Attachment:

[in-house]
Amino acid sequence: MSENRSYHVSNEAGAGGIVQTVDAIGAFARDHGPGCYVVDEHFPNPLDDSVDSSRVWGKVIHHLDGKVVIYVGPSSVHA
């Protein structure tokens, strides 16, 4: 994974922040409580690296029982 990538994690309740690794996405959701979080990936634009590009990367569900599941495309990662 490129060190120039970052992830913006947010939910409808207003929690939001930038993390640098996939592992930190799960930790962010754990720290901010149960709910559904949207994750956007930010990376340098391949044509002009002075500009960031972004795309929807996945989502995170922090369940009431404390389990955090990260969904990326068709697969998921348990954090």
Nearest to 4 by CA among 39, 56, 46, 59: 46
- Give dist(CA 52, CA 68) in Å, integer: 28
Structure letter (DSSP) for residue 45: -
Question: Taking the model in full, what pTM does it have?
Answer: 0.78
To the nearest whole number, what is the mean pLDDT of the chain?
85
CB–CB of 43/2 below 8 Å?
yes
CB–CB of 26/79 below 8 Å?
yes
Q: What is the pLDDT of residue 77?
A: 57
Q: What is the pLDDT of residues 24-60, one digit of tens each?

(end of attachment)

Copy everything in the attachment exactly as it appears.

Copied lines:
[in-house]
Amino acid sequence: MSENRSYHVSNEAGAGGIVQTVDAIGAFARDHGPGCYVVDEHFPNPLDDSVDSSRVWGKVIHHLDGKVVIYVGPSSVHA
């Protein structure tokens, strides 16, 4: 994974922040409580690296029982 990538994690309740690794996405959701979080990936634009590009990367569900599941495309990662 490129060190120039970052992830913006947010939910409808207003929690939001930038993390640098996939592992930190799960930790962010754990720290901010149960709910559904949207994750956007930010990376340098391949044509002009002075500009960031972004795309929807996945989502995170922090369940009431404390389990955090990260969904990326068709697969998921348990954090």
Nearest to 4 by CA among 39, 56, 46, 59: 46
- Give dist(CA 52, CA 68) in Å, integer: 28
Structure letter (DSSP) for residue 45: -
Question: Taking the model in full, what pTM does it have?
Answer: 0.78
To the nearest whole number, what is the mean pLDDT of the chain?
85
CB–CB of 43/2 below 8 Å?
yes
CB–CB of 26/79 below 8 Å?
yes
Q: What is the pLDDT of residue 77?
A: 57
Q: What is the pLDDT of residues 24-60, one digit of tens each?